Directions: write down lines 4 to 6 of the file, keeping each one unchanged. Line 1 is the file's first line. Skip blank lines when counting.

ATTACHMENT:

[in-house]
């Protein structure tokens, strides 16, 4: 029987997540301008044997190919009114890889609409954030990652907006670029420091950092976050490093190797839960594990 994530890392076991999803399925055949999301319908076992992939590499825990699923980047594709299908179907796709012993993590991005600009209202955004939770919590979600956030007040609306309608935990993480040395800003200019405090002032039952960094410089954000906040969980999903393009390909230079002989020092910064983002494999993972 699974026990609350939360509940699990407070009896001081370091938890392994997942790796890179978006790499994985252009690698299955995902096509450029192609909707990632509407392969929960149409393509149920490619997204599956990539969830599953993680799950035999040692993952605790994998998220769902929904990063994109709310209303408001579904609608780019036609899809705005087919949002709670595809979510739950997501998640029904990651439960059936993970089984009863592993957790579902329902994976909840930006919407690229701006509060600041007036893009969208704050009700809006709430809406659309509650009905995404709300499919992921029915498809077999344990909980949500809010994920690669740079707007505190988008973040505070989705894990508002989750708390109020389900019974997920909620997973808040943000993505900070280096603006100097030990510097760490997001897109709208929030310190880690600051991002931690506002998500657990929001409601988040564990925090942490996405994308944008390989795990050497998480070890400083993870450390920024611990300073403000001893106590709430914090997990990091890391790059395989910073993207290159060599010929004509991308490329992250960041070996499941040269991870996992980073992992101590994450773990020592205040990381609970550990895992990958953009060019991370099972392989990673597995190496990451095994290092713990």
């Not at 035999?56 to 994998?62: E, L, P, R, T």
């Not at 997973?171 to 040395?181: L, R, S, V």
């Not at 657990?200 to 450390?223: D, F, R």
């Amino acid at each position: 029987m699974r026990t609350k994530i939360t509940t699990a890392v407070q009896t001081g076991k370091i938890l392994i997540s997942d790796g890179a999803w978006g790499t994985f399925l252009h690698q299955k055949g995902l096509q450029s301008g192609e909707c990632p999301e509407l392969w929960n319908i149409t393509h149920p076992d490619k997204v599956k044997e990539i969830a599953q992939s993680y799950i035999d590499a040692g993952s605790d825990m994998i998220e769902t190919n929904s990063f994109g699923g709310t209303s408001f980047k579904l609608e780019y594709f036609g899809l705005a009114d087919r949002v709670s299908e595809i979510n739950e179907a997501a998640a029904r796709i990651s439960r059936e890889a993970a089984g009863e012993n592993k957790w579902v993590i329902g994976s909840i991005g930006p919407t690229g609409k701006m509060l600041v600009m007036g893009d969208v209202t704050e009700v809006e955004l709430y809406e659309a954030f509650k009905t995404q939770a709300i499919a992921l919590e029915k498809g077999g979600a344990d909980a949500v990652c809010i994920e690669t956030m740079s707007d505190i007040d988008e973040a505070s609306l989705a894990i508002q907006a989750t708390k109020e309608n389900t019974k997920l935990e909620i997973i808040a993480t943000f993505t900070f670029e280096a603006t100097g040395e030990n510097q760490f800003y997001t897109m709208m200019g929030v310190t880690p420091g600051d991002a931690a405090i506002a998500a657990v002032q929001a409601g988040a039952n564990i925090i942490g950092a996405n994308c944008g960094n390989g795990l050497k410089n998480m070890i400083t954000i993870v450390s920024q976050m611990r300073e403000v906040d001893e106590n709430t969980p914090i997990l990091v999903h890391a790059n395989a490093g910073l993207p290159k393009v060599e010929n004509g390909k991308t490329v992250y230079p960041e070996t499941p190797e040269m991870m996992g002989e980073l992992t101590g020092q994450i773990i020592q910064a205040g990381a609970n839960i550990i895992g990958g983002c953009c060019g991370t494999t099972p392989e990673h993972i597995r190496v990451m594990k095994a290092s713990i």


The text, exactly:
């Not at 997973?171 to 040395?181: L, R, S, V």
């Not at 657990?200 to 450390?223: D, F, R």
């Amino acid at each position: 029987m699974r026990t609350k994530i939360t509940t699990a890392v407070q009896t001081g076991k370091i938890l392994i997540s997942d790796g890179a999803w978006g790499t994985f399925l252009h690698q299955k055949g995902l096509q450029s301008g192609e909707c990632p999301e509407l392969w929960n319908i149409t393509h149920p076992d490619k997204v599956k044997e990539i969830a599953q992939s993680y799950i035999d590499a040692g993952s605790d825990m994998i998220e769902t190919n929904s990063f994109g699923g709310t209303s408001f980047k579904l609608e780019y594709f036609g899809l705005a009114d087919r949002v709670s299908e595809i979510n739950e179907a997501a998640a029904r796709i990651s439960r059936e890889a993970a089984g009863e012993n592993k957790w579902v993590i329902g994976s909840i991005g930006p919407t690229g609409k701006m509060l600041v600009m007036g893009d969208v209202t704050e009700v809006e955004l709430y809406e659309a954030f509650k009905t995404q939770a709300i499919a992921l919590e029915k498809g077999g979600a344990d909980a949500v990652c809010i994920e690669t956030m740079s707007d505190i007040d988008e973040a505070s609306l989705a894990i508002q907006a989750t708390k109020e309608n389900t019974k997920l935990e909620i997973i808040a993480t943000f993505t900070f670029e280096a603006t100097g040395e030990n510097q760490f800003y997001t897109m709208m200019g929030v310190t880690p420091g600051d991002a931690a405090i506002a998500a657990v002032q929001a409601g988040a039952n564990i925090i942490g950092a996405n994308c944008g960094n390989g795990l050497k410089n998480m070890i400083t954000i993870v450390s920024q976050m611990r300073e403000v906040d001893e106590n709430t969980p914090i997990l990091v999903h890391a790059n395989a490093g910073l993207p290159k393009v060599e010929n004509g390909k991308t490329v992250y230079p960041e070996t499941p190797e040269m991870m996992g002989e980073l992992t101590g020092q994450i773990i020592q910064a205040g990381a609970n839960i550990i895992g990958g983002c953009c060019g991370t494999t099972p392989e990673h993972i597995r190496v990451m594990k095994a290092s713990i």